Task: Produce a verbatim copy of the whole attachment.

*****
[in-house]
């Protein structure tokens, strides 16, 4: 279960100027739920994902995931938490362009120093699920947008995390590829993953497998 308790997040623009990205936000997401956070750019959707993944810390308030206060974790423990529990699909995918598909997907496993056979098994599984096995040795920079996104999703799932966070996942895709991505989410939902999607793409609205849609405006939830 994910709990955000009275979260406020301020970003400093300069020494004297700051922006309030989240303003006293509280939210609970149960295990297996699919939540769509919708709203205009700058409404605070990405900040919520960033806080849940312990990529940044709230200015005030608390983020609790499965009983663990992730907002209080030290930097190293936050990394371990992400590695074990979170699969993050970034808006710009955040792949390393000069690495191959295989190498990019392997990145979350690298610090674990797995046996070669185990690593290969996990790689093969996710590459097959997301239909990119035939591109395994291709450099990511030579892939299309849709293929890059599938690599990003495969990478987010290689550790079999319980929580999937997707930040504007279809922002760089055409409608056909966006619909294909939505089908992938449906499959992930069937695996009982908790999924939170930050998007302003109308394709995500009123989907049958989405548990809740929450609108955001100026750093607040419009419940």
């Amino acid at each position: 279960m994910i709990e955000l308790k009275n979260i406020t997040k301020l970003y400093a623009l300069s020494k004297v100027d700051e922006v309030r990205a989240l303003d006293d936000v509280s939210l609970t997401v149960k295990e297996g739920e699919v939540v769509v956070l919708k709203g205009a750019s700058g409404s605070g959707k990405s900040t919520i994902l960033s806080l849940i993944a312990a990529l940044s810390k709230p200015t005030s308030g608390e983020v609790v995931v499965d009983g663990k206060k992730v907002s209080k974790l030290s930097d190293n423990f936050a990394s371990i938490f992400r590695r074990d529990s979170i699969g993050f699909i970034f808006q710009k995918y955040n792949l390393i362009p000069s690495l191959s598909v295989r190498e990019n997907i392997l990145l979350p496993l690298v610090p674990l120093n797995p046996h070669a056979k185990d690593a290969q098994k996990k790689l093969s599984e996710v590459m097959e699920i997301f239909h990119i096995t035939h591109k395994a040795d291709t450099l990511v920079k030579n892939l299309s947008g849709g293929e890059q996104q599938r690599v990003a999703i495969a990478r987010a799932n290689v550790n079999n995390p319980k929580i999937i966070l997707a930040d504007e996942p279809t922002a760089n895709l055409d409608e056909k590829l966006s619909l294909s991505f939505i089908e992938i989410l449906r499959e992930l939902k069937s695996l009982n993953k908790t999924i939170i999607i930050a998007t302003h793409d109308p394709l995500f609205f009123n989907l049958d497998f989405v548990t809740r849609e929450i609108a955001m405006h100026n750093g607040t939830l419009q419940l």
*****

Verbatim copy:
[in-house]
């Protein structure tokens, strides 16, 4: 279960100027739920994902995931938490362009120093699920947008995390590829993953497998 308790997040623009990205936000997401956070750019959707993944810390308030206060974790423990529990699909995918598909997907496993056979098994599984096995040795920079996104999703799932966070996942895709991505989410939902999607793409609205849609405006939830 994910709990955000009275979260406020301020970003400093300069020494004297700051922006309030989240303003006293509280939210609970149960295990297996699919939540769509919708709203205009700058409404605070990405900040919520960033806080849940312990990529940044709230200015005030608390983020609790499965009983663990992730907002209080030290930097190293936050990394371990992400590695074990979170699969993050970034808006710009955040792949390393000069690495191959295989190498990019392997990145979350690298610090674990797995046996070669185990690593290969996990790689093969996710590459097959997301239909990119035939591109395994291709450099990511030579892939299309849709293929890059599938690599990003495969990478987010290689550790079999319980929580999937997707930040504007279809922002760089055409409608056909966006619909294909939505089908992938449906499959992930069937695996009982908790999924939170930050998007302003109308394709995500009123989907049958989405548990809740929450609108955001100026750093607040419009419940």
């Amino acid at each position: 279960m994910i709990e955000l308790k009275n979260i406020t997040k301020l970003y400093a623009l300069s020494k004297v100027d700051e922006v309030r990205a989240l303003d006293d936000v509280s939210l609970t997401v149960k295990e297996g739920e699919v939540v769509v956070l919708k709203g205009a750019s700058g409404s605070g959707k990405s900040t919520i994902l960033s806080l849940i993944a312990a990529l940044s810390k709230p200015t005030s308030g608390e983020v609790v995931v499965d009983g663990k206060k992730v907002s209080k974790l030290s930097d190293n423990f936050a990394s371990i938490f992400r590695r074990d529990s979170i699969g993050f699909i970034f808006q710009k995918y955040n792949l390393i362009p000069s690495l191959s598909v295989r190498e990019n997907i392997l990145l979350p496993l690298v610090p674990l120093n797995p046996h070669a056979k185990d690593a290969q098994k996990k790689l093969s599984e996710v590459m097959e699920i997301f239909h990119i096995t035939h591109k395994a040795d291709t450099l990511v920079k030579n892939l299309s947008g849709g293929e890059q996104q599938r690599v990003a999703i495969a990478r987010a799932n290689v550790n079999n995390p319980k929580i999937i966070l997707a930040d504007e996942p279809t922002a760089n895709l055409d409608e056909k590829l966006s619909l294909s991505f939505i089908e992938i989410l449906r499959e992930l939902k069937s695996l009982n993953k908790t999924i939170i999607i930050a998007t302003h793409d109308p394709l995500f609205f009123n989907l049958d497998f989405v548990t809740r849609e929450i609108a955001m405006h100026n750093g607040t939830l419009q419940l």